Another finish spectator was excited too. He leaped to the cabin top of the launch he was riding, waved his cap and shouted, “Well sailed, Niña! I congratulate you. I am the King of Spain.”
And so Niña has had a long career of causing furores and gaining respect. From a “rule beater” and a “small boat,” she has evolved into the champion of the traditionalists and the savior of the big boats. The excitement surrounding her entry into Hamilton Harbor was equally as high-pitched as her arrival off Santander 34 years ago, even without royalty to greet her. Officials of the Royal Bermuda YC hastened out to welcome her as she powered through Two Rock Passage into the anchorage. At the same time she was only a strong possibility as a winner and smaller boats had a chance to catch her, but there was a growing feeling that she had done it, and the crowd watching the results being posted on the RBYC bulletin boards cheered every time a new batch of finishers failed to dislodge the old girl.
Finally, shortly after midnight, early Thursday morning, when Lancetilla II, the top time allowance boat, had failed to finish, within her time, the popular result became official.
As far as the racing went, there was nothing dramatic or unusual about Niña’s performance. She had “schooner breezes” for perhaps 75 per cent of the time, with a golliwobbler up. She was never within a plank of putting her rail under, carrying full sail, and she made runs of 200 and 214 miles in the first two days. Perhaps the key to her victory came Sunday night when she had several Class A boats in sight ahead. Instead of holding high of the rhumb line to make more westing while crossing the Gulf Stream, Fales decided to slack sheets a bit and drive her off, paralleling the line.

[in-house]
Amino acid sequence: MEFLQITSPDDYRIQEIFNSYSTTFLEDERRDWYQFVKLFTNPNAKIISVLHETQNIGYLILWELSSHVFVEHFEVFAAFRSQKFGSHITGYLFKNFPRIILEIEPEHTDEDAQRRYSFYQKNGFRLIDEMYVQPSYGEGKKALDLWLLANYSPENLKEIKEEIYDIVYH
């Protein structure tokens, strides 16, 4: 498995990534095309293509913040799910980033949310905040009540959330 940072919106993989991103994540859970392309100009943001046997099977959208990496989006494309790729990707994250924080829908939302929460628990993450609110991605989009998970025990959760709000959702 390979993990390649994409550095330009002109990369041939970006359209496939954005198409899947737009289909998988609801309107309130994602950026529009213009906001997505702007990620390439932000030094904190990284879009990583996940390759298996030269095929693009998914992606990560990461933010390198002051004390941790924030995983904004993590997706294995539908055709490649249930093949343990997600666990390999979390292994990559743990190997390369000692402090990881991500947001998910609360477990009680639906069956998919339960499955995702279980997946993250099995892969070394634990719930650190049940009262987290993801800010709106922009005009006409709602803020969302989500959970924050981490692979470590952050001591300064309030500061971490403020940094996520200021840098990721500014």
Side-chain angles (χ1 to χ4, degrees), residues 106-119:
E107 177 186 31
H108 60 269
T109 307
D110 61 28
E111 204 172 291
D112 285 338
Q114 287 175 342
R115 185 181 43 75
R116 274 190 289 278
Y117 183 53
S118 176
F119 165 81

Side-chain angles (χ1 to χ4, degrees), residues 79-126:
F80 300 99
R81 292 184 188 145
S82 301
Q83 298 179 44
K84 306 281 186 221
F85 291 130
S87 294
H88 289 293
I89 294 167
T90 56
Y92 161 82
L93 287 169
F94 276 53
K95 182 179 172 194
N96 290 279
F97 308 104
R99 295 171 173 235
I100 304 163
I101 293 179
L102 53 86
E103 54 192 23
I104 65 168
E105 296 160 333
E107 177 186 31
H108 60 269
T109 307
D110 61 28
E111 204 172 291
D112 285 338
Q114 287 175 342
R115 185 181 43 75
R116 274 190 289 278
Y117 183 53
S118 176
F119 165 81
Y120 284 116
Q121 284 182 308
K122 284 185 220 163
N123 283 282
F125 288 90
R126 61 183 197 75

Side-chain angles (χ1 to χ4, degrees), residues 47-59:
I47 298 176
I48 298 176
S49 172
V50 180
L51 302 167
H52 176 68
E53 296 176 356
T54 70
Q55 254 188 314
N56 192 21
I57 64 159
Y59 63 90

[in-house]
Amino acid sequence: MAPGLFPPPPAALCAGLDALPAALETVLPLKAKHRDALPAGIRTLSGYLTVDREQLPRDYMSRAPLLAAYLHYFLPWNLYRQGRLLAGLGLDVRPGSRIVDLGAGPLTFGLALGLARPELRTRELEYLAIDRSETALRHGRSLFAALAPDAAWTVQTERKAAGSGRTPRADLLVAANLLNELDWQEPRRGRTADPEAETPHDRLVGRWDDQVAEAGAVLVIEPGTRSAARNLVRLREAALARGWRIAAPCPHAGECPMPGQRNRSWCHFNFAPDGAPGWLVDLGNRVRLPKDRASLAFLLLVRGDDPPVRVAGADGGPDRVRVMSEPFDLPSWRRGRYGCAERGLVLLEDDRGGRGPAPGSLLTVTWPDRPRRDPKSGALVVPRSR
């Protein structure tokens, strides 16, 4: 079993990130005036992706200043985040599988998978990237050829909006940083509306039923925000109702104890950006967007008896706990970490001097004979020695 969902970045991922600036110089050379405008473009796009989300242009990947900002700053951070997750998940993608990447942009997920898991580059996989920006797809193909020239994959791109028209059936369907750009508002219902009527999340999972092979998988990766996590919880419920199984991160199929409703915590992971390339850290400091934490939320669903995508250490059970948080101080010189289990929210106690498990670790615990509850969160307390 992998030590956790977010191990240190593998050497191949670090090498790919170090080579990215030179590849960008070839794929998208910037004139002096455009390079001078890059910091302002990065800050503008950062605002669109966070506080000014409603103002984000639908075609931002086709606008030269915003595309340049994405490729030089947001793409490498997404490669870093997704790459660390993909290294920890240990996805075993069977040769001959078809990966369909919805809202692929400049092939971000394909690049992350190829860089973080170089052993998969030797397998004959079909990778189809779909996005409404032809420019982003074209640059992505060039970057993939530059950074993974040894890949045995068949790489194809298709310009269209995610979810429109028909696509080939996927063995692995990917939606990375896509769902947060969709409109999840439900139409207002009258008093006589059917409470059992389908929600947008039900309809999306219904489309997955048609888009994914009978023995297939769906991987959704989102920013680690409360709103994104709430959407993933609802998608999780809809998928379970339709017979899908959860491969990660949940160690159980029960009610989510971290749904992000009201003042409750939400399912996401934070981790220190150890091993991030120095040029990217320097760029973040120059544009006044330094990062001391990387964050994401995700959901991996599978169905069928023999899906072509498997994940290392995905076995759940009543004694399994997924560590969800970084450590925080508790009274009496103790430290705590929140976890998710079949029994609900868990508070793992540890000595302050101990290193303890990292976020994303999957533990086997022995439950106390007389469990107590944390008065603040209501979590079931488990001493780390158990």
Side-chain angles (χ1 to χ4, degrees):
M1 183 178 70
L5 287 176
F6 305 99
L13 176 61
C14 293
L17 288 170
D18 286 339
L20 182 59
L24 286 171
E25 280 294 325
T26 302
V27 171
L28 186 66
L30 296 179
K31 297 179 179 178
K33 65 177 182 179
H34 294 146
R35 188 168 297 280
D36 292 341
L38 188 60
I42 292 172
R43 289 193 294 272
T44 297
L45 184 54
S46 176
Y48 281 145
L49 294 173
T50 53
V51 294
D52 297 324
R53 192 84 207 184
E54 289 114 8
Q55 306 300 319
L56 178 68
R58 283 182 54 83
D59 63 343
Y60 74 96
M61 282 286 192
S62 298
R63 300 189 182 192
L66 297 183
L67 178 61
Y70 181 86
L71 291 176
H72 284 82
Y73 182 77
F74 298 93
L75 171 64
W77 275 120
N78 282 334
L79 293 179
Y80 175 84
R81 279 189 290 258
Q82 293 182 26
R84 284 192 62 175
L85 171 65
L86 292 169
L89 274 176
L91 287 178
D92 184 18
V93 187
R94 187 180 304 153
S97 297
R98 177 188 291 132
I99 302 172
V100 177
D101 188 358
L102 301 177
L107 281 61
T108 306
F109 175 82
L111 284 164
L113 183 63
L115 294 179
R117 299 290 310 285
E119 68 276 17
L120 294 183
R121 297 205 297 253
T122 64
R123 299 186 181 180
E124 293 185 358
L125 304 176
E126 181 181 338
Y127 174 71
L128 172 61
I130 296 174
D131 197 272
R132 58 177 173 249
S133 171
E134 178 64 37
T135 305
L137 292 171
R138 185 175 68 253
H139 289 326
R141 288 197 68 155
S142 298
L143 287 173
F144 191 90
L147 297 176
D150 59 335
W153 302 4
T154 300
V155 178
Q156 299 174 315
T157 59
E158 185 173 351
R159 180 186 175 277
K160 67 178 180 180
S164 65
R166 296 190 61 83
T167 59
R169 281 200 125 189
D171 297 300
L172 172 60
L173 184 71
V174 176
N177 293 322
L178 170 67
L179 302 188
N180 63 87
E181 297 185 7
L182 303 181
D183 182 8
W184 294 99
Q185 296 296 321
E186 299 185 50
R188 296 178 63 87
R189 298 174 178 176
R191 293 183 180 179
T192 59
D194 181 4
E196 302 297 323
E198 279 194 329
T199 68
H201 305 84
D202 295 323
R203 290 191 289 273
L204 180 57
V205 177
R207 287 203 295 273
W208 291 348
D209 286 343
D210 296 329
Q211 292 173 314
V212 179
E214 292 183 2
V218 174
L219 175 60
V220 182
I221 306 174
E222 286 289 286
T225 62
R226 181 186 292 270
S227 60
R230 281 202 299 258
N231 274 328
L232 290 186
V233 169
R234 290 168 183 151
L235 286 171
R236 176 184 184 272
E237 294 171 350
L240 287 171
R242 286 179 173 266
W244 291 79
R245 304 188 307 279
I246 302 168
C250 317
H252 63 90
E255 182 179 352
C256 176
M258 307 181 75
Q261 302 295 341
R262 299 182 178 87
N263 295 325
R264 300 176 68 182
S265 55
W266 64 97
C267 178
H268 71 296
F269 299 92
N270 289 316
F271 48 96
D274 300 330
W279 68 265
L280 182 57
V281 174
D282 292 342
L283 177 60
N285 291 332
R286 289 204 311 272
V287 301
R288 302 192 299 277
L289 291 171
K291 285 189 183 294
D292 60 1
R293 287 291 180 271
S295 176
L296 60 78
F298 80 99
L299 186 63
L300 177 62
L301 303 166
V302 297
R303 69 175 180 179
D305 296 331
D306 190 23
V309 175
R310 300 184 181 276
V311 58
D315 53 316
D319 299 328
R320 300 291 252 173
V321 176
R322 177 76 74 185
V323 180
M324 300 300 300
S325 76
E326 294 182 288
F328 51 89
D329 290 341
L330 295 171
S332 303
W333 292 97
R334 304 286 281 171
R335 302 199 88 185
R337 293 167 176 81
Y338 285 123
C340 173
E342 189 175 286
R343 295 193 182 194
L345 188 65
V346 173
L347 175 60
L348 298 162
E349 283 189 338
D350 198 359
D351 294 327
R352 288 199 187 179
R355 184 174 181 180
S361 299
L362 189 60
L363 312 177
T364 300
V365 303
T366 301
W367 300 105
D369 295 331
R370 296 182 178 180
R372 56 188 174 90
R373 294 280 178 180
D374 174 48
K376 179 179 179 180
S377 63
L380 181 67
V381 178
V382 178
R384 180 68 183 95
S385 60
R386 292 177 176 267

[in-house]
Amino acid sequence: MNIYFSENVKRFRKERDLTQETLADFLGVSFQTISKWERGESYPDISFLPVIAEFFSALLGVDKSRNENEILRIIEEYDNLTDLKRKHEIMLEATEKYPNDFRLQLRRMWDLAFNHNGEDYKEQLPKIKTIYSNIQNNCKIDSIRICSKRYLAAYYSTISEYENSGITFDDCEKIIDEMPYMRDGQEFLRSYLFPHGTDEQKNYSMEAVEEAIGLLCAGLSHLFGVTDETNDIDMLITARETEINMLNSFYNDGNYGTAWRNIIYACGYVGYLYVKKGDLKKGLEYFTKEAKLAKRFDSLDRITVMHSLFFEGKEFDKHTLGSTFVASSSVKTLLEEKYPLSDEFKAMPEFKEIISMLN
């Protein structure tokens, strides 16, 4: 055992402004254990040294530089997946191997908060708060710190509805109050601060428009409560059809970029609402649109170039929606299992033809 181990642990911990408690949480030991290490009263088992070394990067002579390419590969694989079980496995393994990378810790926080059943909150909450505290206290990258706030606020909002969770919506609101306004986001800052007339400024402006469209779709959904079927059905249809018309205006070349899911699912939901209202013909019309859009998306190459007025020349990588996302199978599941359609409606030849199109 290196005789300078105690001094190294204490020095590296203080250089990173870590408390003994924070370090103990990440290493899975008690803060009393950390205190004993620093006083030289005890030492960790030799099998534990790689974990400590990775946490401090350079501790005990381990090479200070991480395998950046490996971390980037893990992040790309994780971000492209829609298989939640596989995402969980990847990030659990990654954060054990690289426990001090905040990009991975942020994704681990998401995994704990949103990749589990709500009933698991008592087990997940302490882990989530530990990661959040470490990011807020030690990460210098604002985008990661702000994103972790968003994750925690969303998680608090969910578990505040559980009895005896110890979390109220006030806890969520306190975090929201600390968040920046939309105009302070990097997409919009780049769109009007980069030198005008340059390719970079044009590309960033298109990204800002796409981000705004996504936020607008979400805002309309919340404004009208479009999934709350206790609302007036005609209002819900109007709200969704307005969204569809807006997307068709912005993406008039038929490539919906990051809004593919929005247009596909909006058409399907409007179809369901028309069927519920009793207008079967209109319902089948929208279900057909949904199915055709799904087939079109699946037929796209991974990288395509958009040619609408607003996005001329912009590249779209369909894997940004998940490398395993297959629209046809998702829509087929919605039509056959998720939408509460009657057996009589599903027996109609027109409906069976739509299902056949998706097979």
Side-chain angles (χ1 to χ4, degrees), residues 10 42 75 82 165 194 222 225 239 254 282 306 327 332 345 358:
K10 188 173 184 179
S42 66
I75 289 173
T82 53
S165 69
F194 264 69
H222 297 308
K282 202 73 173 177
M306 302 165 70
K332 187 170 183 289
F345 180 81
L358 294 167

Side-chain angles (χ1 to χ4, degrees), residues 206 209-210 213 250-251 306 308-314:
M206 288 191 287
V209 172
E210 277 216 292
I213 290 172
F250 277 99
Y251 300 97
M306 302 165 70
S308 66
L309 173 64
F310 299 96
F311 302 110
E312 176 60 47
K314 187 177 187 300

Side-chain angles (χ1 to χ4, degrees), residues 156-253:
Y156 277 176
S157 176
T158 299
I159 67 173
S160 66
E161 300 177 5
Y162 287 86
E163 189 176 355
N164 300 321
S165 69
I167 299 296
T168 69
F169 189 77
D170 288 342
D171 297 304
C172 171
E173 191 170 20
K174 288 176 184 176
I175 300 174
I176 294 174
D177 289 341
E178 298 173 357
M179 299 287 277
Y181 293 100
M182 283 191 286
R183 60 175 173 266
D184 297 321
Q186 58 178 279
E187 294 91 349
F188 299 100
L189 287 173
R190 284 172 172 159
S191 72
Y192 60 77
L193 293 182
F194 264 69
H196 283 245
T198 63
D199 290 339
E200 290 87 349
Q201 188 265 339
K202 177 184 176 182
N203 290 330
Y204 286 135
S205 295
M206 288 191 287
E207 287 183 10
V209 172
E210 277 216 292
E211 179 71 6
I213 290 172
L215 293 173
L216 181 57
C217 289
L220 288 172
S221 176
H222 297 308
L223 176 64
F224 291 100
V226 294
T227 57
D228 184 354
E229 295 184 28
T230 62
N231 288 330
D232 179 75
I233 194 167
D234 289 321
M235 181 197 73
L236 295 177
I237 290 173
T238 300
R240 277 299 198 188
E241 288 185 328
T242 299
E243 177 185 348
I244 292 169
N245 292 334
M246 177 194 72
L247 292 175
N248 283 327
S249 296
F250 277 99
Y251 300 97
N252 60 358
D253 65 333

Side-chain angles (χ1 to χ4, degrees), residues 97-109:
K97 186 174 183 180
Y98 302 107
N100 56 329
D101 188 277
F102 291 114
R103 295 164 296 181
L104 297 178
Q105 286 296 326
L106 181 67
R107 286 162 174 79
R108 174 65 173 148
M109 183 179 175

By this decision she got a bit to the east of many of her rivals and suffered less from the great calm that caused so many boats to go dead after two days of glorious sailing. Niña had it for about 12 hours, starting Monday evening, but she was dinghy-raced through it, with every zephyr played for what it was worth and constant sail changes to catch what catspaws there were. Drifters, gollies, spinnakers, genoas and other light sails in varying combinations were worked carefully and she never lost way, gradually moving into better air by Tuesday morning, while the bulk of the fleet had to wait until much later Tuesday for it. She saw no other boats after dropping Petrel astern on Monday afternoon until she sighted Stormvogel on approaching North Rock.
Niña’s gear is as modern as the newest racing machine. Despite the complexity of lines needed to handle a schooner rig, she has remarkably uncluttered decks, and her winches and fittings are right up to date. There is a clean efficiency about every inch of her, and her hollow mainmast, built with the boat, looks as new as it did in 1928.